Exhibition | Silver | Contemporary Art at DFN Projects | New York | Art Week

Silver

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Date: 
Thursday, 18 November 2021 to Friday, 7 January 2022
Opening: 
Thursday, 18 November 2021 -
6:00pm to 8:00pm

A Metalpoint Group Exhibition Organized by DFN Projects and New York Artists Equity
 

As the seasons cycle towards year end, the city quickens for one last grand finale and displays a sublime picturesque of half lights, tracery branches and pearlescent skies heralding winter’s approach. We draw your attention to the subtlety of this scene--a nuanced play of light and movement as a gestural expression of archaic longing.  

Understated, yet meticulous, silverpoint drawings display a comparable hushed beauty.  

A technique employed by scribes, craftsmen and artists since ancient times, a silverpoint drawing is made by dragging a silver rod or wire across paper, parchment or panel support prepared with gesso or primer. Prized as a media capable of retaining fine details, silverpoint emerged as a favored drawing technique in the late Gothic and early Renaissance era—particularly in the Florentine and Flemish schools. Jan van Eyck, Leonardo da Vinci, Albrecht Dürer and Raphael count among silverpoint’s master practitioners.   

The increasing availability and versatility of graphite and chalks in the 1500s, which allowed for greater gestural expression while requiring far less preparation and technical acuity, hastened silverpoint's demise.  Though some late practitioners, including artists Hendrick Goltzius and Rembrandt, retained the technique through the 17th century, the general trend amongst modern practitioners privileged media, such as natural chalks and charcoal, capable of producing immediate results. By the 18th century, silverpoint was considered obsolete.  

In our contemporary artworld, awash as it is with disposable images produced and consumed with speed, the currency of immediate results and brash gestures no longer retains any novel allure or real value. Discreet works, slowly wrought, now appears to be the more radical idea, as does the practice of draughtsmanship.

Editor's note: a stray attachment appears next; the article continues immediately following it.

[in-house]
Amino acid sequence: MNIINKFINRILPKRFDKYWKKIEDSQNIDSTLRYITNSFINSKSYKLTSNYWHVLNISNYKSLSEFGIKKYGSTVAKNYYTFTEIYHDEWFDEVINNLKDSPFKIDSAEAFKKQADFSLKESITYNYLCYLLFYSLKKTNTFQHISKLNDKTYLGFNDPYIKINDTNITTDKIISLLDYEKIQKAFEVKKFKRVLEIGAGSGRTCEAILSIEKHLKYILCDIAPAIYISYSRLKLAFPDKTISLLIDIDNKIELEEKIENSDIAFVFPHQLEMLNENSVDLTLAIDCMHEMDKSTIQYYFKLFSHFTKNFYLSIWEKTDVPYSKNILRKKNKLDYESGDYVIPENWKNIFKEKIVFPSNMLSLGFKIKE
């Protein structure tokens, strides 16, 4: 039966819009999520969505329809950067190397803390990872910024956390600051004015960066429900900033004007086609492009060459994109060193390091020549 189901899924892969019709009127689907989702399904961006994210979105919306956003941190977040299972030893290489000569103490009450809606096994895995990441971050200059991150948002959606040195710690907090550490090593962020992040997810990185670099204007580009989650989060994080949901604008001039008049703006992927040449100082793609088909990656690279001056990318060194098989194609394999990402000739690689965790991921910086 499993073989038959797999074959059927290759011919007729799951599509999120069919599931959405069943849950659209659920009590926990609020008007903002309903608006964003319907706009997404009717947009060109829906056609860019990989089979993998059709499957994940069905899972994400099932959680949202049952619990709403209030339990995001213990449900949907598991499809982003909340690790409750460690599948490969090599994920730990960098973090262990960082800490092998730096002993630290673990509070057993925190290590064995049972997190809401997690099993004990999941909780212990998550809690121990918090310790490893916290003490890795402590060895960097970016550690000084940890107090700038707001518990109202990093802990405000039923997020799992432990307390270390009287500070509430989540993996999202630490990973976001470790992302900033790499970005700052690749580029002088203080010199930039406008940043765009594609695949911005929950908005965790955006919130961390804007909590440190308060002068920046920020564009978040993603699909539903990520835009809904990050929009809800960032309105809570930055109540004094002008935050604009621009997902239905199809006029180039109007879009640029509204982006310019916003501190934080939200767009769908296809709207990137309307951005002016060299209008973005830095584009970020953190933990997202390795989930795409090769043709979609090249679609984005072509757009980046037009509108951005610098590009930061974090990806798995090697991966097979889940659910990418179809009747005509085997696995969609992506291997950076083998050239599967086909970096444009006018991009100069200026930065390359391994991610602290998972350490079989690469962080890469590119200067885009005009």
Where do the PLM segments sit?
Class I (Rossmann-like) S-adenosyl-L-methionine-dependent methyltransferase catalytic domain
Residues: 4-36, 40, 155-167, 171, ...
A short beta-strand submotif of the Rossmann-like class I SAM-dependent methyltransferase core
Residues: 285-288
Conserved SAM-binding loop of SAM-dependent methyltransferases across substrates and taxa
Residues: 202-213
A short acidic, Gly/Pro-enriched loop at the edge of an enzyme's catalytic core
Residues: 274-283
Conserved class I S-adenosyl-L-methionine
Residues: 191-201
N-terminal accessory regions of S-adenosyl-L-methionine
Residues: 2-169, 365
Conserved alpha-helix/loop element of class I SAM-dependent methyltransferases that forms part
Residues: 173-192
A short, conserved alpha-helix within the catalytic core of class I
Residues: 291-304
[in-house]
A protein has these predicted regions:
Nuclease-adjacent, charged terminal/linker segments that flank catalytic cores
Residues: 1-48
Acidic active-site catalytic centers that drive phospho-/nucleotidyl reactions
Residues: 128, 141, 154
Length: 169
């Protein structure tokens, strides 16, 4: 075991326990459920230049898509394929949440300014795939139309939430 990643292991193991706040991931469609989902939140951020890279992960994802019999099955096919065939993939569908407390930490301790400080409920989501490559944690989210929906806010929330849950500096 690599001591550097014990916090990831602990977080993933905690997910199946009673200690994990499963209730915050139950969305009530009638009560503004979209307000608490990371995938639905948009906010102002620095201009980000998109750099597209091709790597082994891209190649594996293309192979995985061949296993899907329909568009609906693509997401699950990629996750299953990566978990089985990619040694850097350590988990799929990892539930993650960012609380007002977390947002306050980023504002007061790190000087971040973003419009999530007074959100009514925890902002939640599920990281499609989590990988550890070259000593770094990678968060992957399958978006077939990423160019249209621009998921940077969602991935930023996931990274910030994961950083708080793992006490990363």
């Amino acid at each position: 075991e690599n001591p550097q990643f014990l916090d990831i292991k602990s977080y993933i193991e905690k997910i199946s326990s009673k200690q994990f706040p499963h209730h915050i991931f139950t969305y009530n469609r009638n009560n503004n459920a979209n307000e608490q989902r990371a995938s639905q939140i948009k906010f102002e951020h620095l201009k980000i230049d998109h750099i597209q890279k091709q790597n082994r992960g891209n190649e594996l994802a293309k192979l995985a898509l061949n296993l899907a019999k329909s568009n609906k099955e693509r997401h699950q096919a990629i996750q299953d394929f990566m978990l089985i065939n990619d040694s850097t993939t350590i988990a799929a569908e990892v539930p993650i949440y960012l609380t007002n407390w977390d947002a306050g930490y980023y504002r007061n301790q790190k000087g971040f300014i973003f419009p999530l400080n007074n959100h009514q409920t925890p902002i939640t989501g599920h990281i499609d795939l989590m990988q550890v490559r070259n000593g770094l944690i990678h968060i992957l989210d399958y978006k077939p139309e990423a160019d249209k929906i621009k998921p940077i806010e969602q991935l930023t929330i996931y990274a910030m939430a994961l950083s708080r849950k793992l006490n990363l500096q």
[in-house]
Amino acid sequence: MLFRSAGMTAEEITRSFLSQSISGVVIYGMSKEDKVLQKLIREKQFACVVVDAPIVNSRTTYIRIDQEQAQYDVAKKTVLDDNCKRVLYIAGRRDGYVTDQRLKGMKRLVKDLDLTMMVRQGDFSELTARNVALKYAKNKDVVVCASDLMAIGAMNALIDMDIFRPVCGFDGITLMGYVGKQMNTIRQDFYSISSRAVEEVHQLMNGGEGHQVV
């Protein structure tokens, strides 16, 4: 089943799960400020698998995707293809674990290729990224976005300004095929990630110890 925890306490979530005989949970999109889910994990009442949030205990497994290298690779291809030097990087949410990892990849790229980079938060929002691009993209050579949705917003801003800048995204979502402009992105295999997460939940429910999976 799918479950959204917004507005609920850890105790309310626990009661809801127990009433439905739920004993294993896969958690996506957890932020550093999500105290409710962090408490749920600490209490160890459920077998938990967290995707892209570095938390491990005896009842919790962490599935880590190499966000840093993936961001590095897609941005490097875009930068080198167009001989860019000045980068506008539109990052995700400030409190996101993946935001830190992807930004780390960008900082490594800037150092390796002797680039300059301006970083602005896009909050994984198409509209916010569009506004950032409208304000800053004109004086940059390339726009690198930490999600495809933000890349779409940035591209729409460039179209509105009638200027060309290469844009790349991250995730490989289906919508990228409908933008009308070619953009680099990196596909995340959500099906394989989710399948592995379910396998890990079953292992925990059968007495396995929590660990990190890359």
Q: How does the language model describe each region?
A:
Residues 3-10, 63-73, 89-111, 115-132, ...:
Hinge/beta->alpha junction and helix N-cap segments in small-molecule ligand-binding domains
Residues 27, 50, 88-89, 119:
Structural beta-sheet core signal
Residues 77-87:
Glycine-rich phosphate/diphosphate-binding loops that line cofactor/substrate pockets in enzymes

The artists assembled for “Silver” would concur.  Silverpoint drawings betray an outré sensibility and a paradoxical pursuit that is both understated yet alert and exacting.  Ultimately however, these works evoke a substantive and enduring triumph in a world prone to blunting erasure.  

As the seasons cycle towards year end, the city quickens for one last grand finale and displays a sublime picturesque of half lights, tracery branches and pearlescent skies heralding winter’s approach. We draw your attention to the subtlety of this scene--a nuanced play of light and movement as a gestural expression of archaic longing.  

Understated, yet meticulous, silverpoint drawings display a comparable hushed beauty.  

A technique employed by scribes, craftsmen and artists since ancient times, a silverpoint drawing is made by dragging a silver rod or wire across paper, parchment or panel support prepared with gesso or primer. Prized as a media capable of retaining fine details, silverpoint emerged as a favored drawing technique in the late Gothic and early Renaissance era—particularly in the Florentine and Flemish schools. Jan van Eyck, Leonardo da Vinci, Albrecht Dürer and Raphael count among silverpoint’s master practitioners.   

The increasing availability and versatility of graphite and chalks in the 1500s, which allowed for greater gestural expression while requiring far less preparation and technical acuity, hastened silverpoint's demise.  Though some late practitioners, including artists Hendrick Goltzius and Rembrandt, retained the technique through the 17th century, the general trend amongst modern practitioners privileged media, such as natural chalks and charcoal, capable of producing immediate results. By the 18th century, silverpoint was considered obsolete.  

In our contemporary artworld, awash as it is with disposable images produced and consumed with speed, the currency of immediate results and brash gestures no longer retains any novel allure or real value. Discreet works, slowly wrought, now appears to be the more radical idea, as does the practice of draughtsmanship.   

 The artists assembled for “Silver” would concur.  Silverpoint drawings betray an outré sensibility and a paradoxical pursuit that is both understated yet alert and exacting.  Ultimately however, these works evoke a substantive and enduring triumph in a world prone to blunting erasure.  

 

Image: Steven Assael, "Cassandra and Nola" , 2015, silverpoint on prepared silver point paper , 11 1/2 x 14 inches

Telephone: 
9314100020

Venue ( Name ):

Venue ( Address ): 

16 E79th St, Garden Floor, suite G-2
New York, New York 10075

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